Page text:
It was the use of the Pacific Islands for nuclear weapons testing by the US, the United Kingdom and France from the 1940s to late last century which has driven heated opposition among islanders to any nuclear-related activities in the region.
Radioactive contamination from more than 300 atmospheric and underwater nuclear tests rendered many locations, especially in the Republic of the Marshall Islands and French Polynesia, uninhabitable and led to irreversible long-term health disorders in affected communities.
Satyendra Prasad, the Chair of Pacific Islands Forum Ambassadors at the United Nations, reminded the world in September last year of the Pacific’s “ongoing struggle with the legacy of nuclear testing from the transboundary contamination of homes and habitats to higher numbers of birth defects and cancers”.
In 1985, regional leaders established the South Pacific Nuclear Free Zone Treaty, prohibiting the testing and use of nuclear explosive devices and the dumping of radioactive wastes in the sea by member states, including Australia, New Zealand and Pacific Island nations.
“For us in the Pacific, the Pacific Ocean has become a proving ground, a theatre of war, a highway for nuclear submarines and waste. The Pacific is not a dumping ground for radioactive waste water,” Maureen Penjueli, Co-ordinator of the Pacific Network on Globalisation, added.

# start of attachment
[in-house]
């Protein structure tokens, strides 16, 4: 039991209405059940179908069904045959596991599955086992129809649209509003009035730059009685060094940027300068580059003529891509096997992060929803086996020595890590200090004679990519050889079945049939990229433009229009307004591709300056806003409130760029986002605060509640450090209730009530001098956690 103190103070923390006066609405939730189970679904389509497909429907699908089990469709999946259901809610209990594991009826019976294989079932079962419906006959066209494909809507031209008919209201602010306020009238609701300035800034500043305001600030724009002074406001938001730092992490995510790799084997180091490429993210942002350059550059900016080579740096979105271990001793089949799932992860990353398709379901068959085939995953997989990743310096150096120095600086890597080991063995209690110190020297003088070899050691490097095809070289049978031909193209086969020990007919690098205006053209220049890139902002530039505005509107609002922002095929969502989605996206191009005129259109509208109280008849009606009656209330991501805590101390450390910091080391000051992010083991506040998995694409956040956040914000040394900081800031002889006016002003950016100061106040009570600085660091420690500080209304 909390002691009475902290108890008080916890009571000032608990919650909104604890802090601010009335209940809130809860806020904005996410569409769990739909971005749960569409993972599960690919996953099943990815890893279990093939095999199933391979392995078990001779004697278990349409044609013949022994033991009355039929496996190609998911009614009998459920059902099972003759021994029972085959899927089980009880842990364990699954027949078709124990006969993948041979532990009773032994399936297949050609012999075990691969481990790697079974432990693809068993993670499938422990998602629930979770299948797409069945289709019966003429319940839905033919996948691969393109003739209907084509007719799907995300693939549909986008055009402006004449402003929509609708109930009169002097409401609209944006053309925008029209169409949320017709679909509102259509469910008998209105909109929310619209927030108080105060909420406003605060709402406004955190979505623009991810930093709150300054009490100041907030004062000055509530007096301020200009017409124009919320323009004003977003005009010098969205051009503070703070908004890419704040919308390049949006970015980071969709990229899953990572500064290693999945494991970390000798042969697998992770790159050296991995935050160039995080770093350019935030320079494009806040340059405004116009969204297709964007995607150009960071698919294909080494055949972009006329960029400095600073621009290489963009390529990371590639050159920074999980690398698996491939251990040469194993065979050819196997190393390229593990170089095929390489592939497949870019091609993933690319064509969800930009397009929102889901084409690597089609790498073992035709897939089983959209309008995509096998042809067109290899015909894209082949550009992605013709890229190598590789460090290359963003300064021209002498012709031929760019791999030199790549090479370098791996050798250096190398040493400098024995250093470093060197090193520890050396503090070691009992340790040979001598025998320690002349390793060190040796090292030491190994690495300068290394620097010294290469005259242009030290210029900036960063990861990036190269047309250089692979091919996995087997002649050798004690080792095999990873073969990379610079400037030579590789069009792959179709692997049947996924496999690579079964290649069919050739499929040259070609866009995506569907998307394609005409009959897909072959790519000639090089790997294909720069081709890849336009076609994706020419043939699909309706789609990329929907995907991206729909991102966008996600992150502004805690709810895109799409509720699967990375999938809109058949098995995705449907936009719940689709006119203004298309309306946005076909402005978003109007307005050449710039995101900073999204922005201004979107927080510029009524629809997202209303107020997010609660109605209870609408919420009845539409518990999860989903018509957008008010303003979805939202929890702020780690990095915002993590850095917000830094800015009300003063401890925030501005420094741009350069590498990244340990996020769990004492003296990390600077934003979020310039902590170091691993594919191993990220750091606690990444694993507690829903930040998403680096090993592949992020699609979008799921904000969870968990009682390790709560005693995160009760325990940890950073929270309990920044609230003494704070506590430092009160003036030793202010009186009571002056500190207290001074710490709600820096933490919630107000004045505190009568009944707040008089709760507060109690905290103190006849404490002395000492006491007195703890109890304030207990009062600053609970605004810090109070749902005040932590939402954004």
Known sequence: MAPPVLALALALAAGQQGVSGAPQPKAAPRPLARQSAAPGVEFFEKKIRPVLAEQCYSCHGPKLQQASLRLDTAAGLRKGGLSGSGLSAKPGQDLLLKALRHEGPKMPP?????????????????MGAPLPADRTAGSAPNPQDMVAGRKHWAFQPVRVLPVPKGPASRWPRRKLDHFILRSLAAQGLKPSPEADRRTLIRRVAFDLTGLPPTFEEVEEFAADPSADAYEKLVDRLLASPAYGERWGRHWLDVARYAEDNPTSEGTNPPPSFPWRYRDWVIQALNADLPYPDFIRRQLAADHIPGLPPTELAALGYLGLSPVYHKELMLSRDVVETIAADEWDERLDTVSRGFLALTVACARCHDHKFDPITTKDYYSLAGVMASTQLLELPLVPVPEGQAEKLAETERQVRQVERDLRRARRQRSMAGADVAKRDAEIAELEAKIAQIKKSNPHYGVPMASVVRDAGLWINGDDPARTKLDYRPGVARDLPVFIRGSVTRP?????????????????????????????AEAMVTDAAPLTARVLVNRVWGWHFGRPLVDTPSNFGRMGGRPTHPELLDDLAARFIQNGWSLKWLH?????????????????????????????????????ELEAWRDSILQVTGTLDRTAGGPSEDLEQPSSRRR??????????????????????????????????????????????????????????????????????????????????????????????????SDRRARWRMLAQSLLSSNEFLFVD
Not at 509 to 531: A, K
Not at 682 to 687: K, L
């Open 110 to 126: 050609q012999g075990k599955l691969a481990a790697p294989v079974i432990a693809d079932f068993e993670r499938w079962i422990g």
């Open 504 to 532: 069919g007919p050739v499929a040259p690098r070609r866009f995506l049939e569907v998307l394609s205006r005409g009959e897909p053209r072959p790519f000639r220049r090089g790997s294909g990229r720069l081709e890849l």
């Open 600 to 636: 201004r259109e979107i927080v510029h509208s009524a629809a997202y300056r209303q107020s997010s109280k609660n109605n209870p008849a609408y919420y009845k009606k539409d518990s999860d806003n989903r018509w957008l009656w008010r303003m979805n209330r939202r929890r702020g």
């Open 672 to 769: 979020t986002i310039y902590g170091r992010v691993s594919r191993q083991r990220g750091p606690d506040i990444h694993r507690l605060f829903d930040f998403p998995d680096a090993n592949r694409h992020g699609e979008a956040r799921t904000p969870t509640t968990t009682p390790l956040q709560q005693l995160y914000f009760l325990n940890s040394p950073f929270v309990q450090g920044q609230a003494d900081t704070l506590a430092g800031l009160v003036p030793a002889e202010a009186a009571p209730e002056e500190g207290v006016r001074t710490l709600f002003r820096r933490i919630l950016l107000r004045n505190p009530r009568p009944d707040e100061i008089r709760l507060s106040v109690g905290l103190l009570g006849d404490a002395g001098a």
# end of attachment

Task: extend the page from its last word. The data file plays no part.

Running out of space
When the earthquake and tsunami struck the Fukushima power plant, three nuclear reactors went into meltdown.
The process of decommissioning the disaster-hit site, which could take up to four decades, includes pumping cooling water through the affected infrastructure to prevent overheating. About 170 cubic metres of treated wastewater is accumulating every day and now fills at least 1,000 tanks around the site.
The Japanese government says it needs to release the water because it is running out of space to store it all.
It says it consulted with other countries in the region after announcing its plan in April last year, conducting briefings with Pacific Island Forum countries and the organisation’s secretariat. It adds that it will cooperate with the international community and adhere to relevant international standards.